Forclosed Homes for Sale and HOAs

by Simon Lindsay on cities

Some homeowners in Las Vegas, Nevada are accusing their homeowners’ associations (HOAs) of using unpaid fines as reason for forclosed homes for sale. Some said that they were slapped with accumulated collection agency fees and late penalties by their HOAs over as menial a reason as failure to submit on time paperwork for converting a grass lawn to desert landscape.

Nevada Association Services President David Stone explained that HOAs can only repossessed properties for the reason of failure to pay monthly assessment fees and not for penalties and fines. He pointed out a state law that sets a limit of $50 on collection fees of $250 to $500.

Stone pointed out that community associations do not want to add to the number of forclosed homes for sale that is why they are willing to work with delinquent homeowners. He added that the Nevada Association Services, a licensed HOA collection agency, initiated thousands of foreclosure proceedings in 2008 but only six distressed properties went to foreclosure.

To help homeowners, the Nevada collection agency conducted a seminar in which legal process and consequences of bank foreclosures, HOA foreclosures and bankruptcies were discussed.

Meanwhile, HOAs struggle for solvency when homeowners who experienced some mitigating circumstances such as divorce, job loss or health problems and who are facing foreclosure or filed for bankruptcy, refused to pay their HOA fees.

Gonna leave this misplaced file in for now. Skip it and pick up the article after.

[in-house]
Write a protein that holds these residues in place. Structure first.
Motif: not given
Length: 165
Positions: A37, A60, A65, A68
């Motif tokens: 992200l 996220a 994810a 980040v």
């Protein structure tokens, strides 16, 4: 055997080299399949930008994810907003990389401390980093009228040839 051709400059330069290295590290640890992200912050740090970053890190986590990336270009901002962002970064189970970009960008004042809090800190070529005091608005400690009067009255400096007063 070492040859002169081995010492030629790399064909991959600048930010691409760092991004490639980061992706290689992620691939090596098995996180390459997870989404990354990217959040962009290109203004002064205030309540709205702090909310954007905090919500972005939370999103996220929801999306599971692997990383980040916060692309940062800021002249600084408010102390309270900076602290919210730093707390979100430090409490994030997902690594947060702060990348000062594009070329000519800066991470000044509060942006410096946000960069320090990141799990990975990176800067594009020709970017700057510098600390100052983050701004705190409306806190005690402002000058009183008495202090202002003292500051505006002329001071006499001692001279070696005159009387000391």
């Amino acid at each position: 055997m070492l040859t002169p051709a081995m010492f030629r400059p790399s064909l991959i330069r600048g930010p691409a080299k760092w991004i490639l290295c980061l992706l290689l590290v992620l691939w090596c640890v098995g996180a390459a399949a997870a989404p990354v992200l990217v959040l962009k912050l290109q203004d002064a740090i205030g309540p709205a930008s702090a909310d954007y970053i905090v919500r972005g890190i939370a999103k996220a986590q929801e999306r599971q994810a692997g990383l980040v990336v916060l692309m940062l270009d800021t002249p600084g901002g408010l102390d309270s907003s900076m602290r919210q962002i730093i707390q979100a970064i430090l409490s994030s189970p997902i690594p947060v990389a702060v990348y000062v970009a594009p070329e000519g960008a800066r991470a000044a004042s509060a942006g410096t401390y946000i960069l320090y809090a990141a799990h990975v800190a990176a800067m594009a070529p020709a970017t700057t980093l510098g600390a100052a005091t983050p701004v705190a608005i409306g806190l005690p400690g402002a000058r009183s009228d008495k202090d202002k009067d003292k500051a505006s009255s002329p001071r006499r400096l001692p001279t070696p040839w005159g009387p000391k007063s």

2008 ended with a 17.7 percent loan delinquency rate in Las Vegas, representing a 14 percent increase in September of last year. Furthermore, pre foreclosure fillings reached a peak of 11,000 in March 2009.

Stone noted that contrary to market data, most Las Vegas homeowners are not facing forclosed homes for sale and they have no intention to lose their properties which they purchased with their hard earned money to foreclosure.

He encouraged HOAs to intensify their collection activities because homeowners would do anything to keep their properties away from foreclosure.

On the other hand, Stone explained that when banks take hold of the first property deed, it becomes their responsibility to pay the HOA assessment. In the event that the bank failed to pay, the case will be handed over to the Nevada collection agency. It is the tasked of the agency to file a notice of lien.

Bank owned properties are not included in forclosed homes for sale initiated by the Nevada collection agency in 2008.

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